Suburbicon (United States/United Kingdom, 2017)

October 27, 2017
A movie review by James Berardinelli
Suburbicon Poster

Wow. Just wow. Every year, movie theaters bring us their share of surprises – both good and bad. Suburbicon goes immediately to the front of the line of contenders for the most disappointing film of 2017. George Clooney, the Coen Brothers, Matt Damon, Julianne Moore, Oscar Isaac – how can so much talent result in such a monumental dud?

Suburbicon is a tonal disaster – an awkward and ineffective attempt to blend dark comedy with social commentary. Two mostly unconnected stories are presented in parallel and not only are they insufficiently developed for viewers to care about either but they are so out-of-synch in presentation that the jarring differences can cause whiplash. Almost nothing in the film works – the narrative is leaden, the comedy is unfunny, the satire is tired and obvious, and the camerawork (by Oscar winner Robert Elswit) is pedestrian.  

There are two stories. The first, which absorbs a majority of the screen time, focuses on the Lodge family: dad Gardner (Matt Damon), mom Rose (Julianne Moore), and son Nicky (Noah Jupe). They’re a seemingly normal (white) family living in Suburbicon: a 1950s suburban paradise modeled after Levittown. (The movie opens with an era-appropriate TV commercial for the oversized development.) When two thugs (Glenn Fleshler and Alex Hassell) break into the house and kill Rose, things feel more odd than tragic. It soon becomes clear that Gardner isn’t on the level and, in a really weird twist, Rose’s twin, Margaret (also Julianne Moore), moves in to take her sister’s place. A suspicious insurance investigator (Oscar Isaac) soon shows up to figure out whether his company can get out of honoring Rose’s policy.

Meanwhile, next door, a fine, upstanding family has moved in. The Meyers seem perfect for the cookie-cutter neighborhood of Suburbicon, except for one thing: they’re black. In this bastion of white supremacy, there can be no greater sin. At first, they’re heckled. Then they’re badgered. Then a race riot breaks out in their front yard. The police are so consumed with “controlling” (a code word for enabling?) this situation that they don’t notice the criminal goings-on at Gardner’s house. In terms of tying the two stories together, that’s the closest Clooney gets to making a connection -  a feeble and half-hearted one at best.

Chewing glass might be more appealing than trying to choke down Suburbicon’s sanctimoniousness. Now, I believe Clooney’s heart is the right place but his inability to give life to his beliefs without resorting to such an unwieldy and condescending subplot is head-spinning. If one looks at Clooney’s directorial filmography, however, a pattern emerges: he’s a better actor than director. Despite having the best talent available to anyone working in Hollywood, his movies misfire at a roughly 50% rate. Suburbicon joins Confessions of a Dangerous Mind and The Monuments Men in this category.

To make this film, Clooney and his writing/producing partner, Grant Heslov, dusted off an unused Coen Brothers screenplay from 1986. (For reference, that’s post-Blood Simple but pre-everything else.) Clooney then did a rewrite, adding in the Meyers’ piece of the narrative and making other changes. It’s impossible to say whether the reworking of the story killed it or whether it simply wasn’t very good to begin with but the end result speaks for itself.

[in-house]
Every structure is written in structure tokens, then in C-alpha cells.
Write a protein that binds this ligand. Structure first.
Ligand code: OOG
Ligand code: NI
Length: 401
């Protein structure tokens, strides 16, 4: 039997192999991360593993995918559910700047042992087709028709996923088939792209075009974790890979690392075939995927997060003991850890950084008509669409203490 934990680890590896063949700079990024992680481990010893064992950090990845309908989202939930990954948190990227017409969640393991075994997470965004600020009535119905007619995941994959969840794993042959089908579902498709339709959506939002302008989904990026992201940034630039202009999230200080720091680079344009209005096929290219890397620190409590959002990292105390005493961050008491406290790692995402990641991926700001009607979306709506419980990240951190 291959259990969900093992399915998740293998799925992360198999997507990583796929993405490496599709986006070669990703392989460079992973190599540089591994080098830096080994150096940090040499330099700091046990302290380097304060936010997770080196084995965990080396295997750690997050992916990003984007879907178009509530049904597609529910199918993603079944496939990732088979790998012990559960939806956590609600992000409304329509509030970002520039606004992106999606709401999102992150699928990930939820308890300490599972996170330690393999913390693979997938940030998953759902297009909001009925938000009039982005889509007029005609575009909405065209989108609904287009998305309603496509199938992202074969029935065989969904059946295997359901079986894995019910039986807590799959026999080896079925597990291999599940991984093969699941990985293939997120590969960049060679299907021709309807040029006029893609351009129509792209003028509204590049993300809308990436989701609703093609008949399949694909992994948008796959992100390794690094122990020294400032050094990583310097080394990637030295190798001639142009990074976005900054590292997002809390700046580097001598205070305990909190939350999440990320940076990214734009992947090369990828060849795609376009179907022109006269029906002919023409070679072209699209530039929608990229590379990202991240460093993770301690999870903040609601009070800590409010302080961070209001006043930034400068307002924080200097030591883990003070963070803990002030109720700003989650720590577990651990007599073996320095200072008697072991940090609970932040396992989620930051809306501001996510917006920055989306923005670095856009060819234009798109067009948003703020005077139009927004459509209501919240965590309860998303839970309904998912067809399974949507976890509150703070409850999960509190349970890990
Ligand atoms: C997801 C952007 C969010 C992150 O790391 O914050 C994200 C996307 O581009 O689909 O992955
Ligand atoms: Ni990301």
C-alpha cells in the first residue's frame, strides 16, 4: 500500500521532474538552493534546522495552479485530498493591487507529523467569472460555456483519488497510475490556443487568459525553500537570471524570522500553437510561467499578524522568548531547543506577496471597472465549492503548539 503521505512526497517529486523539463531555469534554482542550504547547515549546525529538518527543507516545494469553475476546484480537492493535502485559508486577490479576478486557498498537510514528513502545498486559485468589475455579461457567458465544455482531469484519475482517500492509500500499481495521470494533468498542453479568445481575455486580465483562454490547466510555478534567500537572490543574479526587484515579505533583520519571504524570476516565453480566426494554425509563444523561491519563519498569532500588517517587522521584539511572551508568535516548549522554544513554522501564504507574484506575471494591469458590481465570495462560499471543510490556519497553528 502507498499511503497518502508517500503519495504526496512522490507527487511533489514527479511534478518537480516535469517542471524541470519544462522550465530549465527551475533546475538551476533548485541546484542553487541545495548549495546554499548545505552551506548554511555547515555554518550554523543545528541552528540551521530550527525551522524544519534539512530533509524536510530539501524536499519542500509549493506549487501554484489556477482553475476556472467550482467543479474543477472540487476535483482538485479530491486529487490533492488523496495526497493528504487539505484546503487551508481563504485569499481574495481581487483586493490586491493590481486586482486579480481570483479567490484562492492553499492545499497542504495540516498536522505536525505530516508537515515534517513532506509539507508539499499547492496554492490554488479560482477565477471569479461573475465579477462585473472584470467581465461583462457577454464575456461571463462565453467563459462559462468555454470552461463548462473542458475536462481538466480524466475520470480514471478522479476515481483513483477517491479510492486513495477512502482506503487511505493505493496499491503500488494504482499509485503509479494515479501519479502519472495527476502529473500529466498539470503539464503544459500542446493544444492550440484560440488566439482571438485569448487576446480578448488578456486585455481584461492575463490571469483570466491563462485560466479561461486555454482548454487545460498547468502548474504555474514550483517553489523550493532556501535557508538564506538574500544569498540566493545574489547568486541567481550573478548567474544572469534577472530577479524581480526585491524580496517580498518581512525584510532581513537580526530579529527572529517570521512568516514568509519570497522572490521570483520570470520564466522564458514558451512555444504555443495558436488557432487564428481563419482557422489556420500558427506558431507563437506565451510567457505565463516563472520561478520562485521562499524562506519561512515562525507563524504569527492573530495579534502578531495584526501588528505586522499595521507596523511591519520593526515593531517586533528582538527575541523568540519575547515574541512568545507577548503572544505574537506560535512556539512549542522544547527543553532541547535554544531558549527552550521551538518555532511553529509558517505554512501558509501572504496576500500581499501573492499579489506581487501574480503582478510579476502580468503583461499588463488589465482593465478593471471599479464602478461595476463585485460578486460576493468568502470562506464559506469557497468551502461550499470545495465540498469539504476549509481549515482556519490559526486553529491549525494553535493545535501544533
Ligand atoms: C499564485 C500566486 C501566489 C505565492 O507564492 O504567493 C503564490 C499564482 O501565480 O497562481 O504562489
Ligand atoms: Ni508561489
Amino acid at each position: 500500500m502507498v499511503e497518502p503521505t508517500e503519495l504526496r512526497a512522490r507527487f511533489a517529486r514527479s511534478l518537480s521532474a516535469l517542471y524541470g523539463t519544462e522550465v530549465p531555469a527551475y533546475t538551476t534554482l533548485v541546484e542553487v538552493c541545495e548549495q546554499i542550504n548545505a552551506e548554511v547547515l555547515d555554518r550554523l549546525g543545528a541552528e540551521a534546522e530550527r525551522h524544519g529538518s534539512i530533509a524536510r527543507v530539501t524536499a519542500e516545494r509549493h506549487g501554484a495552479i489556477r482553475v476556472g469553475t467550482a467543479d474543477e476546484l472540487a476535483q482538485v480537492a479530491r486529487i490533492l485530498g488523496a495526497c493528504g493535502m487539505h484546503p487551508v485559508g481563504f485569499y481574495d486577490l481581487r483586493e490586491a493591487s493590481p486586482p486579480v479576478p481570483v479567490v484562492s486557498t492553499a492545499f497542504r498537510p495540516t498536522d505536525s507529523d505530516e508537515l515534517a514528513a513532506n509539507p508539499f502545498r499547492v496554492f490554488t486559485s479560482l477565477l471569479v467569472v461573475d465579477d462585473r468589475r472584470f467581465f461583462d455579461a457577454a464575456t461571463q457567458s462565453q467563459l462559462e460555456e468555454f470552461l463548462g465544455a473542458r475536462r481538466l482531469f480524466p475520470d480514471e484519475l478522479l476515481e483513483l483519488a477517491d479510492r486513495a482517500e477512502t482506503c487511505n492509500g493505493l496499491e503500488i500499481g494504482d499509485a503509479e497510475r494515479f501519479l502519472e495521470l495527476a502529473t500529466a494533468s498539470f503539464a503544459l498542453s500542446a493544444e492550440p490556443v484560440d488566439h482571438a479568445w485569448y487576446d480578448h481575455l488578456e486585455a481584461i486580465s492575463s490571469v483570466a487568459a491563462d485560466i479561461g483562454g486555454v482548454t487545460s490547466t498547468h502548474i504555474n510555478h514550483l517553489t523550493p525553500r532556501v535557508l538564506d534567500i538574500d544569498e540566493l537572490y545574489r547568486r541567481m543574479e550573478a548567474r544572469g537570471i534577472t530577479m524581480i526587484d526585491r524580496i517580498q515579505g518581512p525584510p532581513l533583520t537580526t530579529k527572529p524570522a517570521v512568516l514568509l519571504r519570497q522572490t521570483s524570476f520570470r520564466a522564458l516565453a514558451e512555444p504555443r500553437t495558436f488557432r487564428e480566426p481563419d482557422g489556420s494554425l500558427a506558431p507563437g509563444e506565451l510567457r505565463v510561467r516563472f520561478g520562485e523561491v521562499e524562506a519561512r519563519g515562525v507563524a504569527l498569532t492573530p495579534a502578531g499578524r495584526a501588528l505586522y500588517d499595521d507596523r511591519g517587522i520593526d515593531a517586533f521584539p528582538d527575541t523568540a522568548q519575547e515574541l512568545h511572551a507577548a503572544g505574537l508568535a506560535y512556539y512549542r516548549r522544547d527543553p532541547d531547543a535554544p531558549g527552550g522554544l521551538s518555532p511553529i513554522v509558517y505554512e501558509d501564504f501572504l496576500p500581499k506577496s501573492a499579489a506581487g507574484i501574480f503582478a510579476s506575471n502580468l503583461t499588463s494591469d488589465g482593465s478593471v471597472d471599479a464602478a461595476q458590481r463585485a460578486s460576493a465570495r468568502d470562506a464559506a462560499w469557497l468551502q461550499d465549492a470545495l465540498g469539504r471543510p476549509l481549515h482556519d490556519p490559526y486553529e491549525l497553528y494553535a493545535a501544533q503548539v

The movie is told from Nicky’s perspective because, quite frankly, every other character in the film not named Meyers is loathsome. The Coens have made a career out of filming the sordid tales of unlikable characters but Clooney doesn’t have their talent and the result is nails-on-the-blackboard unpleasant and it gets worse when he throws morsels at the Meyers – as if we’re supposed to care about this marginalized subplot about the evils of hate based on skin color. (For the record, the movie was in the can before the Charleston riot, so there’s some bad timing involved in its release. Not that Suburbicon would have been any better had it been released a year ago.)

I’ll give props to Oscar Isaac, who brings energy and urgency with him in his few short scenes. He seems to get what the Coens were aiming for – it’s just unfortunate that Clooney didn’t. (This is surprising since Clooney has appeared in more Coen Brothers films than Isaac.) Matt Damon’s experience with the Coens numbers a single movie – the rather un-Coen-like True Grit remake – but he has a long history of collaboration with Clooney. His performance here is off-key, regardless of whether the movie is being seen through the bloody thriller lens or the dark comedy one.

The only thing that will likely prevent Suburbicon from a possibly deserved space on my end-of-the-year Bottom 10 list is that there are too many blatantly incompetent films to be considered. Make no mistake, however, there’s nothing here to recommend and much to warn audiences away from. It’s hard to imagine anyone enjoying this film on any level. Tedious, disjointed, and pointless, this is probably the worst output in many years we have seen from such an august group of talented participants. The Razzies await.

Suburbicon (United States/United Kingdom, 2017)

Director: George Clooney
Cast: Matt Damon, Julianne Moore, Oscar Isaac, Noah Jupe, Glenn Fleshler, Alex Hassell, Karimah Westbrook
Home Release Date: 2018-02-06
Screenplay: Joel & Ethan Coen and George Clooney & Grant Heslov
Cinematography: Robert Elswit
Music: Alexandre Desplat
U.S. Distributor: Paramount Pictures
Run Time: 1:44
U.S. Release Date: 2017-10-27
MPAA Rating: "R" (Violence, Profanity, Sexual Content)
Genre: Thriller/Comedy
Subtitles: none
Theatrical Aspect Ratio: 2.35:1